• Fungal sensitisation;
  • asthma;
  • SAFS;
  • Aspergillus;
  • ABPA;
  • allergic bronchopulmonary aspergillosis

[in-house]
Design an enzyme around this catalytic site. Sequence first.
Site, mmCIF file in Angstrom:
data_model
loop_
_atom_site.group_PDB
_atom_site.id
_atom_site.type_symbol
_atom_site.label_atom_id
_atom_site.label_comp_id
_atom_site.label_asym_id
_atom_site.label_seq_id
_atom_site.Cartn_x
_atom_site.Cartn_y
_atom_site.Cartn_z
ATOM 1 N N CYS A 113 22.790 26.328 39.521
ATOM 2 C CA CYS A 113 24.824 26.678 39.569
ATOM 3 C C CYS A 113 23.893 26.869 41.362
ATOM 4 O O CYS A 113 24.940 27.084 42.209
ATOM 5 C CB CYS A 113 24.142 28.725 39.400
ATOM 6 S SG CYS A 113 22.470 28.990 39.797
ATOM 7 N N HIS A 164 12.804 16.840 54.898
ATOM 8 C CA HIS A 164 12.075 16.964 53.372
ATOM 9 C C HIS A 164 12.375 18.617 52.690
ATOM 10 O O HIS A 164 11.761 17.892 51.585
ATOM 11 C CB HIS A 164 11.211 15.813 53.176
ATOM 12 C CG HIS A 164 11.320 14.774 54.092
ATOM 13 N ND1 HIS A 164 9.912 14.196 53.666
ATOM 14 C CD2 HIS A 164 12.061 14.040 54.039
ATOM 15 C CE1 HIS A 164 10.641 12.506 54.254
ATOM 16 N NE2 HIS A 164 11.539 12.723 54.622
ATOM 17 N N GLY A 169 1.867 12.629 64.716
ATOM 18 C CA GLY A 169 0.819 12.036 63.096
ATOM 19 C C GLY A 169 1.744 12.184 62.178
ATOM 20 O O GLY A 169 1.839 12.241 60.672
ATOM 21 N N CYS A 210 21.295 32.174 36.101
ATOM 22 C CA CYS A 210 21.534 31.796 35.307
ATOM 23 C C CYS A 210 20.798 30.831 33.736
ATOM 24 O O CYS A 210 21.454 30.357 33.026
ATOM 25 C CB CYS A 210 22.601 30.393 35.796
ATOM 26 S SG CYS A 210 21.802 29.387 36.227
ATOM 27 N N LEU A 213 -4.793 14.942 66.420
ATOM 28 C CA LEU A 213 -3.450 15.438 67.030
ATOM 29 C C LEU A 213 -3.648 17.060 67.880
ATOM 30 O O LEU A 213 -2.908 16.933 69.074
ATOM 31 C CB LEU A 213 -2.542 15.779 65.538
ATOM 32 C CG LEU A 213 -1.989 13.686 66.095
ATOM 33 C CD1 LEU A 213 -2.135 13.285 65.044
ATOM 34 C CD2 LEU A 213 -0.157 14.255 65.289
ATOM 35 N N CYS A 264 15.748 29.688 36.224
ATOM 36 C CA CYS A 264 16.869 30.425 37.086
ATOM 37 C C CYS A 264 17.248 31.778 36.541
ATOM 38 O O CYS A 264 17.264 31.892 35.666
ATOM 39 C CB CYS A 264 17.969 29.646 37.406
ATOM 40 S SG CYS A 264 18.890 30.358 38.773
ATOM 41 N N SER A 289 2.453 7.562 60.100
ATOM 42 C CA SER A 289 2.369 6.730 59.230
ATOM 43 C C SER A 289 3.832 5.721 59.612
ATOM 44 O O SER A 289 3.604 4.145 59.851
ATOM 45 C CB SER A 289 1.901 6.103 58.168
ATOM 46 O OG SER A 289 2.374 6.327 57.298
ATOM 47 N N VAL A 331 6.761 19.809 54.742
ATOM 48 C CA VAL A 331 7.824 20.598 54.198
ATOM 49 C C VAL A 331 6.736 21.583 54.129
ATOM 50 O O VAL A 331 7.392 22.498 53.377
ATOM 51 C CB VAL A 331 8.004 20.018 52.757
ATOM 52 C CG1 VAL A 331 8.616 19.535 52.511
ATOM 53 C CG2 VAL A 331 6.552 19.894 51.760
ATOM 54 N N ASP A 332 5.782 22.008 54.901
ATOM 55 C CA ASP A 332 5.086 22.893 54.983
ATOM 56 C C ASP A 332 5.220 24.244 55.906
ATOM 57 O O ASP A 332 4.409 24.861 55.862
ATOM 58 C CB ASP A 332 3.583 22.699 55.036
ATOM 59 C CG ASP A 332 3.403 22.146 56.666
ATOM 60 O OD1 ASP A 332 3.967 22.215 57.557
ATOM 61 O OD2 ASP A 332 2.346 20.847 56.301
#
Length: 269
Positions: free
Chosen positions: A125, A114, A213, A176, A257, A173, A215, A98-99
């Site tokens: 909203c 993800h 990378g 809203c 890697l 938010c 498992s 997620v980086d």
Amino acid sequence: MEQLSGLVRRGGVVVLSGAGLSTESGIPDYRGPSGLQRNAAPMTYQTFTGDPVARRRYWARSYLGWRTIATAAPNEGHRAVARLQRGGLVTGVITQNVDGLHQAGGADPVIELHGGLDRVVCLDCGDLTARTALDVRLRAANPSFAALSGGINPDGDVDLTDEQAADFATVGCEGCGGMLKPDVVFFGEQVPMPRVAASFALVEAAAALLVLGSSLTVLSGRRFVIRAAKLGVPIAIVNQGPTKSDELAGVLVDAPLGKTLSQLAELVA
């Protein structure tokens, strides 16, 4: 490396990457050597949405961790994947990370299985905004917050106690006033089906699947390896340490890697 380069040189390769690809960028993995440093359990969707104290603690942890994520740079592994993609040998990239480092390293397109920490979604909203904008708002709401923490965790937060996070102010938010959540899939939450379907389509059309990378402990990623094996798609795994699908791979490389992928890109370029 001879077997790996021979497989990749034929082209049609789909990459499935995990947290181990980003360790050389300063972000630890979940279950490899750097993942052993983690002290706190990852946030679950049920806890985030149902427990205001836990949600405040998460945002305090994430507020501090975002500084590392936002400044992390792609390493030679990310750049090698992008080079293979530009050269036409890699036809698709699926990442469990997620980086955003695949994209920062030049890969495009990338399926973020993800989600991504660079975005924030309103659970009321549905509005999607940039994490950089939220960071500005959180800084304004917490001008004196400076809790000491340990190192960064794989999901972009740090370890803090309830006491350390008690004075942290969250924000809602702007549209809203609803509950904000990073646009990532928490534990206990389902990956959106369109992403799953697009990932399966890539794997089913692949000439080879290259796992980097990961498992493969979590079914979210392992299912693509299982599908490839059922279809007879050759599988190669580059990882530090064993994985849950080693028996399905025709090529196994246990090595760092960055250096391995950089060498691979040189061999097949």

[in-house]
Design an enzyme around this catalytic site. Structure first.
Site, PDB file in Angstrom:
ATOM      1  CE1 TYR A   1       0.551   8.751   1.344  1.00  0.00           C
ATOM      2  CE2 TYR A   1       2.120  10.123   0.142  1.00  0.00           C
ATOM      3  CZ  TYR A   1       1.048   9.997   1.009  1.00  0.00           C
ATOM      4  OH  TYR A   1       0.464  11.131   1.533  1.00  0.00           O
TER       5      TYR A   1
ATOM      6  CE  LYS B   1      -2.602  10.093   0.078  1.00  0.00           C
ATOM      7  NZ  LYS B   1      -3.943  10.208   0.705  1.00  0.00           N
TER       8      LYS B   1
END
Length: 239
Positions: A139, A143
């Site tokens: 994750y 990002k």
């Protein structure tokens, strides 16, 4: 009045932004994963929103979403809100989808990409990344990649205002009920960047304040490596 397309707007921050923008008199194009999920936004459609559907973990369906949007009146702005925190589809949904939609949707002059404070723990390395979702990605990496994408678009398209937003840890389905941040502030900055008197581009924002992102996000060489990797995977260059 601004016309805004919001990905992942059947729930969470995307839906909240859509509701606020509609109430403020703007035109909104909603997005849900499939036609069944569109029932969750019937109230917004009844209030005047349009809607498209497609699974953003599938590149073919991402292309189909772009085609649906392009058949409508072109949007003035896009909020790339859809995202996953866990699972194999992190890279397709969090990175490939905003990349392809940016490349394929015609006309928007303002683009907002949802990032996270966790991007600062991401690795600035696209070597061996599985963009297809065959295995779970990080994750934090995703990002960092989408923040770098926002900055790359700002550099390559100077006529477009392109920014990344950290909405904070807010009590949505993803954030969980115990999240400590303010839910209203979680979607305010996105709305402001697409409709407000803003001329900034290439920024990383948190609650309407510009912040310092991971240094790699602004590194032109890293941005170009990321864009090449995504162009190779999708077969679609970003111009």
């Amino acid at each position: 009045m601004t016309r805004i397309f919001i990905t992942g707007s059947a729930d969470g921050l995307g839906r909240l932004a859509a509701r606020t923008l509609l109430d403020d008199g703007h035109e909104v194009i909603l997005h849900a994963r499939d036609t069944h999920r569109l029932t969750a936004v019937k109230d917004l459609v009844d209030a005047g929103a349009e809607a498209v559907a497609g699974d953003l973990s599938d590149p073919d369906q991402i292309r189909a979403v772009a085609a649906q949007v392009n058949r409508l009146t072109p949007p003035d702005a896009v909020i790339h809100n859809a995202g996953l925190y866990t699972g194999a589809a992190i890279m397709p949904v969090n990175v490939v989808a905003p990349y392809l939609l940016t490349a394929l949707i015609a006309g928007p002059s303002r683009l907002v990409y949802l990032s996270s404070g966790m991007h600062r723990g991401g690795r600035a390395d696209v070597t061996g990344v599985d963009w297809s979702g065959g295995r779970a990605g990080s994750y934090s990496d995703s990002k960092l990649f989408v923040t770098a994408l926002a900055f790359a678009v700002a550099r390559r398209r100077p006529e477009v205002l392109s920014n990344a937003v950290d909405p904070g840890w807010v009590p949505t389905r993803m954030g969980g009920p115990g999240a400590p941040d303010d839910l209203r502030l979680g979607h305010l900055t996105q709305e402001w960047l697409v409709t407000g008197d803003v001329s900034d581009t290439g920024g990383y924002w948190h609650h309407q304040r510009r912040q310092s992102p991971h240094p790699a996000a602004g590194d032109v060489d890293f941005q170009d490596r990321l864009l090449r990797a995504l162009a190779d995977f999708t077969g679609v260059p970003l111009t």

Numerous studies have suggested a link between fungal sensitisation and severity of asthma. However, few studies have specifically evaluated the relationship between Aspergillus sensitisation and asthma severity. This study was aimed at investigating the clinical significance of Aspergillus sensitisation in asthma. In this prospective cross-sectional study, patients with asthma were subjected to pulmonary function test and an intradermal Aspergillus skin test (AST) apart from a detailed clinical history and physical examination. Assessment of asthma severity was carried according to the Global Initiative for Asthma (GINA) recommendations, Asthma Control Test (ACT) and the mini Asthma Quality of Life Questionnaire (mini AQLQ). Based on AST, the cases were dichotomised into Aspergillus-sensitive and AST-negative groups. There were 417 (193 males, 224 females; mean age, 34 years) asthmatic patients of whom 219 (52.5%) showed Aspergillus sensitisation. The severity of disease as per the GINA criteria and the dose of ICS required for asthma control were similar in the two groups. The Aspergillus-sensitive group had poorer pulmonary function than the AST-negative group [AST positive vs. negative: percentage predicted mean (SD) forced expiratory volume in the first second : 73.1(23.8) vs. 77.9(22.7), = 0.04; mean (SD) FEV1/forced vital capacity (FVC) ratio: 68.2(13.3) vs. 74.3(15.7), = 0.0001]. The mini AQLQ scores were similar in the two groups. In the ACT, the numbers of patients in the domain pertaining to nocturnal awakenings were significantly higher in the Aspergillus-sensitive group (= 0.014). There was a weak association between Aspergillus sensitisation and severity of asthma. Whether Aspergillus sensitisation is causally linked to asthma severity remains to be seen.